We finally made our way out of the park and decided that it was latte time. We were close to East 73, so we went to Via Quodronno, a cute Italian restaurant with delicious-looking sandwiches and pastries as well as a dinner menu. Since it was almost dinner time and we had reservations elsewhere, we gathered all of our strength and only ordered coffee. We started walking back to the hotel, but by this time we had been walking for nearly 8 hours, and we were facing another 25 minutes. After a few yards, we hailed a cab. That’s one of the great things about New York: You can get a ride at almost any time, anywhere.
This night’s dinner was at Fresco on 5th Avenue. We chose it because it was Italian, had excellent reviews, mouth-watering photos on their website, and it was a short walk from the Omni. The restaurant seemed to be full of regulars from the neighborhood, as the staff knew many people by name. It was an older, well-heeled crowd. The couple at the table next to us said that they’ve been dining there for over 20 years. It’s a fancy, white-tablecloth kind of place, with service that is formal but not stuffy. They offer two types of bread: one is on the house, and one costs money. Our neighbors told us that the free bread was too salty, so we went with the other option, and it was a perfectly seasoned with garlic and herbs and came with dipping sauces. We shared a salad that had just the perfect amount of dressing, and I ordered pasta with crispy eggplant, while Jorge got a shrimp, pasta, and pesto special. We shared everything, washed it down with a good wine, and we were feeling very happy.
Of course after all that food, we had to walk a few blocks to help with our digestion. Our plan for later in the evening was to go back to Rockefeller Center and go up to Bar 65 to take pictures of the New York skyline at night and have a drink. Here’s something you should know that we didn’t: If you want to sit down, you have to put your name on the list with the hostess outside the bar. Getting a table requires that you order two drinks per person and at least one appetizer. They guard those tables like hawks, and if you unknowingly sit down at one, they’ll boot you out immediately. (Out of the table, not out of the bar.) If you don’t want to order drinks, you don’t have to. You can go right to the viewing area and take all the pictures you want, and no one will bother you.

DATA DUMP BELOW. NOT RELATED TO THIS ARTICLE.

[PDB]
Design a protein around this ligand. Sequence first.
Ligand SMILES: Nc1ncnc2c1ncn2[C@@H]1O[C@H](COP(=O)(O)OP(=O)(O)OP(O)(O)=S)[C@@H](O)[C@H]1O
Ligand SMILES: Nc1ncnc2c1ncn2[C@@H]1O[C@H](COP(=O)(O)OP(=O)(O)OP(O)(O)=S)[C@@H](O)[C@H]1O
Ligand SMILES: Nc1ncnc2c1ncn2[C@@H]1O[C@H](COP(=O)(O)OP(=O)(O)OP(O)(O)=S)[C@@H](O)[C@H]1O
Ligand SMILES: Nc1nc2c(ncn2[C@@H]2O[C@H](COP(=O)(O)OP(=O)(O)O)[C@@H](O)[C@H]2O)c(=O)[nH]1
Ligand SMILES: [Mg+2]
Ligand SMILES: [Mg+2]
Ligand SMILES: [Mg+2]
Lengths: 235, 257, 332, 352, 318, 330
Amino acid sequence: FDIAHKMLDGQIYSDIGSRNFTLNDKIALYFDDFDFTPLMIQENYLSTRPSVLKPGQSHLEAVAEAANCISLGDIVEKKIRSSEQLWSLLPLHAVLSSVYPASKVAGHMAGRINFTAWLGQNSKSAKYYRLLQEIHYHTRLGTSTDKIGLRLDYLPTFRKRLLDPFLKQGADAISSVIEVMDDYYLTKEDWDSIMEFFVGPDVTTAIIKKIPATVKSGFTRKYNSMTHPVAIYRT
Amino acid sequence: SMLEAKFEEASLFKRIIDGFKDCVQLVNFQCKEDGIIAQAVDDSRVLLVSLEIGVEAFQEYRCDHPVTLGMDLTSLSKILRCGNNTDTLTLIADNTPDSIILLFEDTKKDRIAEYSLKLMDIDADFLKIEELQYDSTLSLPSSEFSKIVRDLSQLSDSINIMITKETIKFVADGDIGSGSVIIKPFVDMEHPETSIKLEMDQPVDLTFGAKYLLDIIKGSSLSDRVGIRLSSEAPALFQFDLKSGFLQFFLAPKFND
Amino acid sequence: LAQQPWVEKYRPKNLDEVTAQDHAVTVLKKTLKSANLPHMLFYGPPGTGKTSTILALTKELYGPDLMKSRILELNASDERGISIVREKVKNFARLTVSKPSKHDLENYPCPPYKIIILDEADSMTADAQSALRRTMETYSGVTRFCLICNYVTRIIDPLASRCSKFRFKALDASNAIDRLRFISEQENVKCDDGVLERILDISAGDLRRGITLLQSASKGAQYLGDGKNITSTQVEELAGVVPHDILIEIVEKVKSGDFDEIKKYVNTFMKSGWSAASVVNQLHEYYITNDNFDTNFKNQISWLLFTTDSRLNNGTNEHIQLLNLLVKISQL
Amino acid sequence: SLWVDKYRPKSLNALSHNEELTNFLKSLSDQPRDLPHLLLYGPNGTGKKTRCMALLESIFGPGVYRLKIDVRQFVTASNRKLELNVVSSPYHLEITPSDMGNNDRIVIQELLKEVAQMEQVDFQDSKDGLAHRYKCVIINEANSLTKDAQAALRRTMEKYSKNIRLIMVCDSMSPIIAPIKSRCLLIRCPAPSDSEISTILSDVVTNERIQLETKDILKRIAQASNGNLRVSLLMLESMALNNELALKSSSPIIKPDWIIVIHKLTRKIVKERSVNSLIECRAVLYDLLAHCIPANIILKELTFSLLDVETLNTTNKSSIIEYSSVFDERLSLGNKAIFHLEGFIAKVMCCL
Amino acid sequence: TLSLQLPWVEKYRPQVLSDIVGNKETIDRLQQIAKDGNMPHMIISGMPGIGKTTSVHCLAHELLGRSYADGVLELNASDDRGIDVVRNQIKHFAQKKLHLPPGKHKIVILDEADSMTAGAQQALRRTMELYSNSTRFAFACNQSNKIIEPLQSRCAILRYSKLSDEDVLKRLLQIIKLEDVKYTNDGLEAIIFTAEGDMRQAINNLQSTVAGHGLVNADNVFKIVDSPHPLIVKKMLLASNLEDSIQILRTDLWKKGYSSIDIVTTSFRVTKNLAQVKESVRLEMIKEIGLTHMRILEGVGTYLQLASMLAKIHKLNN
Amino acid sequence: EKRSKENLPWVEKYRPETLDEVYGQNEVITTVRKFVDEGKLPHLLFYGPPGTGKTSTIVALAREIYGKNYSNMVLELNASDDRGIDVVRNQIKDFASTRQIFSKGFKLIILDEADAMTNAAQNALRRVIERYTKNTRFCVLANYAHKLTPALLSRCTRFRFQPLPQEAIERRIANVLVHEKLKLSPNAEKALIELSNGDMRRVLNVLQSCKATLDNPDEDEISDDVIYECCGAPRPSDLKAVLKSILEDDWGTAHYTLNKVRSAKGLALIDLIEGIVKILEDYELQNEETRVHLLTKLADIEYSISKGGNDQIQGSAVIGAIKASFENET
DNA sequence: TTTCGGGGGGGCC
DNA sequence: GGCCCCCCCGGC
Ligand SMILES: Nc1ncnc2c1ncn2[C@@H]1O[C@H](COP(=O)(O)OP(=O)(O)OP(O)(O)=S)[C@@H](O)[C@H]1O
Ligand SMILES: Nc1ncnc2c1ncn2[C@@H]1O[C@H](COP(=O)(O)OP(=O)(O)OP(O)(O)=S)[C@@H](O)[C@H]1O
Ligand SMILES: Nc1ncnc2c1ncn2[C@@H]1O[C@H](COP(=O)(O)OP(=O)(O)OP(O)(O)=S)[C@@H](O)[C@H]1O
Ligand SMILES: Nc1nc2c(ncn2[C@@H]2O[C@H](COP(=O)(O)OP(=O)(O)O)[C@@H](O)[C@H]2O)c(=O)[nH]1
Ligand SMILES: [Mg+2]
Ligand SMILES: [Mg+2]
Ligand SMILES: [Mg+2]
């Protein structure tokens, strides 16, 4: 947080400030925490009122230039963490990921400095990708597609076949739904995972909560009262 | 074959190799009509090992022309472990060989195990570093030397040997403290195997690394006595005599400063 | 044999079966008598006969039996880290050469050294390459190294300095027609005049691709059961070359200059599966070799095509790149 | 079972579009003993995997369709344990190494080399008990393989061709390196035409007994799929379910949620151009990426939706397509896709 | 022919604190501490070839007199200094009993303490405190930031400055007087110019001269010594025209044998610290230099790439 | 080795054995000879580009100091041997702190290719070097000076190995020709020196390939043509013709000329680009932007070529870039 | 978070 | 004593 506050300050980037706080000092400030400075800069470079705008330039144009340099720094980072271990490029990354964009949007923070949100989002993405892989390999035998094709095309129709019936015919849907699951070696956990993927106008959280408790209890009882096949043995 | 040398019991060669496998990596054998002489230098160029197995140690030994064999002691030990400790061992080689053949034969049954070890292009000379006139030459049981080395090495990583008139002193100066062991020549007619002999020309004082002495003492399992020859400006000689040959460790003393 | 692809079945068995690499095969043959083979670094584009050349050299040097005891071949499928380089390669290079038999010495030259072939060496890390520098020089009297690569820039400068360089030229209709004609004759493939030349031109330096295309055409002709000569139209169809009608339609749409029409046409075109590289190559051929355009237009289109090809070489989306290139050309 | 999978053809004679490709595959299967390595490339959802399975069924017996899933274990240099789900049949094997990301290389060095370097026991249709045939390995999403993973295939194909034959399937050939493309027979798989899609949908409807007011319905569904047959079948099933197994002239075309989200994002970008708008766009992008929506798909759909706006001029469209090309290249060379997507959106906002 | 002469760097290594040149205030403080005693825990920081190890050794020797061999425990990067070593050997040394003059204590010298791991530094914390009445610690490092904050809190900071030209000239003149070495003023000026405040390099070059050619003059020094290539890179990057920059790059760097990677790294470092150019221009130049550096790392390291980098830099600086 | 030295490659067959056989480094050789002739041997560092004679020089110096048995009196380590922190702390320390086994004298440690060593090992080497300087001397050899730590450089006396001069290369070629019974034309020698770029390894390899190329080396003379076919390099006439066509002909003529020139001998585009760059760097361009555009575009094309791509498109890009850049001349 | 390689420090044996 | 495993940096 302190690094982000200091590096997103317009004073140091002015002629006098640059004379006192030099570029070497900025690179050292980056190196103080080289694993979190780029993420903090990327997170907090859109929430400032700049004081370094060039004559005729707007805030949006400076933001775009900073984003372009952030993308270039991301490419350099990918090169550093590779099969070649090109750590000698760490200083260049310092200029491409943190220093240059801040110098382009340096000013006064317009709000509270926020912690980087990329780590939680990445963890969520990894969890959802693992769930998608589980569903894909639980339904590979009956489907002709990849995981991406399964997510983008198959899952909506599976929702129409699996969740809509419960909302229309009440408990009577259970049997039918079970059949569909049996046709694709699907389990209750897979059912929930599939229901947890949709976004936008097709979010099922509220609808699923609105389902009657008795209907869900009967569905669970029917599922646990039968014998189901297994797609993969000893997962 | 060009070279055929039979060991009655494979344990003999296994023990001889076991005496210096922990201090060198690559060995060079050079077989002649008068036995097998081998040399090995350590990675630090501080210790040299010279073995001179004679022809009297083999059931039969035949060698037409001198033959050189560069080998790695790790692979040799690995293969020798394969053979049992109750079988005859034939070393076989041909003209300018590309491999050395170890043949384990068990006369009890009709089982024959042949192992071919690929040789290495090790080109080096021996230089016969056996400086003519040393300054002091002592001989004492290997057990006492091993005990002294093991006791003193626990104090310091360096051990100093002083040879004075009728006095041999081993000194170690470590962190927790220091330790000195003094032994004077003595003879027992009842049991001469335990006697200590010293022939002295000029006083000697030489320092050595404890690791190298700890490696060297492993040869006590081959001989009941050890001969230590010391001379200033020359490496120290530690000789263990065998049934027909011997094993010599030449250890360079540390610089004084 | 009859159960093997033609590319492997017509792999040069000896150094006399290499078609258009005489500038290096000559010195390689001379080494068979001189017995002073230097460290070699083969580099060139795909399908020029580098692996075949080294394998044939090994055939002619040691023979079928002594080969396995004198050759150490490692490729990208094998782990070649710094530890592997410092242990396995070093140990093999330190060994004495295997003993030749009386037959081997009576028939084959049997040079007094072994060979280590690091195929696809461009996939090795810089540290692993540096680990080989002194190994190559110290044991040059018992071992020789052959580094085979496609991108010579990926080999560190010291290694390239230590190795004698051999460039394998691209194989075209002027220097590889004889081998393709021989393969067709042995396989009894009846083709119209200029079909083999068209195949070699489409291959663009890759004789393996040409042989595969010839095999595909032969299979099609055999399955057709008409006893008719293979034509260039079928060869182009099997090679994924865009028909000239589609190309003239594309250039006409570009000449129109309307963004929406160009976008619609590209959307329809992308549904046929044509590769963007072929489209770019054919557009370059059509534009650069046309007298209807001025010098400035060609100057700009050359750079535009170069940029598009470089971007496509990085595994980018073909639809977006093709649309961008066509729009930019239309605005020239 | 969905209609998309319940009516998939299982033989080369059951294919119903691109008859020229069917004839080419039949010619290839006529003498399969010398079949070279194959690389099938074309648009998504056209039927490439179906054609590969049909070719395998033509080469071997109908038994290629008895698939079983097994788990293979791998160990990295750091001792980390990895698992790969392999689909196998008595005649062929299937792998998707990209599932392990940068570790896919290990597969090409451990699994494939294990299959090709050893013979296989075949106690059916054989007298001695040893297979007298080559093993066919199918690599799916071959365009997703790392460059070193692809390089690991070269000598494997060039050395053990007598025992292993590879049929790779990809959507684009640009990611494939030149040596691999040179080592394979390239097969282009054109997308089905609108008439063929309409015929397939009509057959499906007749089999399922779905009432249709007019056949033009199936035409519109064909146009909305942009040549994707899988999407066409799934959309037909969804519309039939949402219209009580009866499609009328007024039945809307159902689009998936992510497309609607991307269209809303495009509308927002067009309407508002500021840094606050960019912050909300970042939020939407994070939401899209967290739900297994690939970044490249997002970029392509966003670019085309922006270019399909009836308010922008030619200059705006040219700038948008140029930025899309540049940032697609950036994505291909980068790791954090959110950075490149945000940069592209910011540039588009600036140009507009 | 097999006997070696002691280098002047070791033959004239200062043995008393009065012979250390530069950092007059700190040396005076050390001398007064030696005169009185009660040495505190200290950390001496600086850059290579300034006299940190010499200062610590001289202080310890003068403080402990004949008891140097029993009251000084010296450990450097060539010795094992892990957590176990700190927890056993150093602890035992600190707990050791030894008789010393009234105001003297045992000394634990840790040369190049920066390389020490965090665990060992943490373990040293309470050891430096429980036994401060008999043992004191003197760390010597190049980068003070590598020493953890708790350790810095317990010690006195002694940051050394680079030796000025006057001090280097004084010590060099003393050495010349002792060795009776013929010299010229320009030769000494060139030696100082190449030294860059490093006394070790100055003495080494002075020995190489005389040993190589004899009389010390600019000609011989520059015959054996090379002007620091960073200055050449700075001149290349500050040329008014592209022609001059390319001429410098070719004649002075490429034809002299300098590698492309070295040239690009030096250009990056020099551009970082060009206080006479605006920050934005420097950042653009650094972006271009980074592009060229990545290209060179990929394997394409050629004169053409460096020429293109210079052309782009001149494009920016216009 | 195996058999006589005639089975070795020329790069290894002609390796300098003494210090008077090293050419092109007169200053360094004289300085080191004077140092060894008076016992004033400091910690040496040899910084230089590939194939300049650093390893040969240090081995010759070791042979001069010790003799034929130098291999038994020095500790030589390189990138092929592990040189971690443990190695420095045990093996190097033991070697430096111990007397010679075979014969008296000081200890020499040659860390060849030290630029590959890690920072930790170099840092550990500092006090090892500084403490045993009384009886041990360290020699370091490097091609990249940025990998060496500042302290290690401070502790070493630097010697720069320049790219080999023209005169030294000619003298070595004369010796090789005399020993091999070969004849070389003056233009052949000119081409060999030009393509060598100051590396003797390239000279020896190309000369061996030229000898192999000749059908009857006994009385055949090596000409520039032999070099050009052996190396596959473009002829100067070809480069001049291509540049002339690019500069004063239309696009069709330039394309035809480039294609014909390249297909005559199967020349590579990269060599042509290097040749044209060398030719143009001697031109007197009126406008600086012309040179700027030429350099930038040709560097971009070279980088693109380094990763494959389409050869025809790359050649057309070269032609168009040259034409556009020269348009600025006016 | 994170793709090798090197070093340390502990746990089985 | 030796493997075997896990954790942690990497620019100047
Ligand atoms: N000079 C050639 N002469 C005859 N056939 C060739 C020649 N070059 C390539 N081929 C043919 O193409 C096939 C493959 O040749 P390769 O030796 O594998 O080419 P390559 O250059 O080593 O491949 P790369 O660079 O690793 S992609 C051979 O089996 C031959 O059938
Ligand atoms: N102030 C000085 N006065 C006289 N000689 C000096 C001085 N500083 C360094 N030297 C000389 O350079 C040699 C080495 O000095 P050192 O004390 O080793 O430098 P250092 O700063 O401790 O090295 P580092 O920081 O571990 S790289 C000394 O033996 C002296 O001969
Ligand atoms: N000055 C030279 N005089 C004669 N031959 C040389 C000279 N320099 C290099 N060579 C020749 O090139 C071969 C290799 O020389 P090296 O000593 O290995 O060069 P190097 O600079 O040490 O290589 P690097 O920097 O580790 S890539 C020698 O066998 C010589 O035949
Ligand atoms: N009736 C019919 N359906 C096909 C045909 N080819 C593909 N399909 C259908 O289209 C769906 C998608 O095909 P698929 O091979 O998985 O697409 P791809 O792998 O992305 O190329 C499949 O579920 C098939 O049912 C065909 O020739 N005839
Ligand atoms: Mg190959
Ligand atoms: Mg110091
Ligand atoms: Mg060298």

The bar was crowded and lively, and our martinis were $25 each. I heard the bartender tell a customer that even though the drinks were expensive, they would be the best she ever had. They were decent, but certainly nothing to brag about. There were a few standing tables around, so we were able to set our drinks down, but as time went on I desperately needed to sit down. Except for meals, we were on our feet all day and night. We watched a couple get up from a table and we immediately slipped into their place hoping that no one would notice, but alas, we got the boot. Out by the viewing area (remember it’s cold, so bring your coat if it’s fall or winter), there were some roped-off tables. There was no service out there, so we sat down with an attitude that defied anyone to try to make us move! At 11:30 they took the ropes away so anyone could sit there. We really enjoyed the view and got lots of good photos. We had a terrific and very full day, so we called it a night.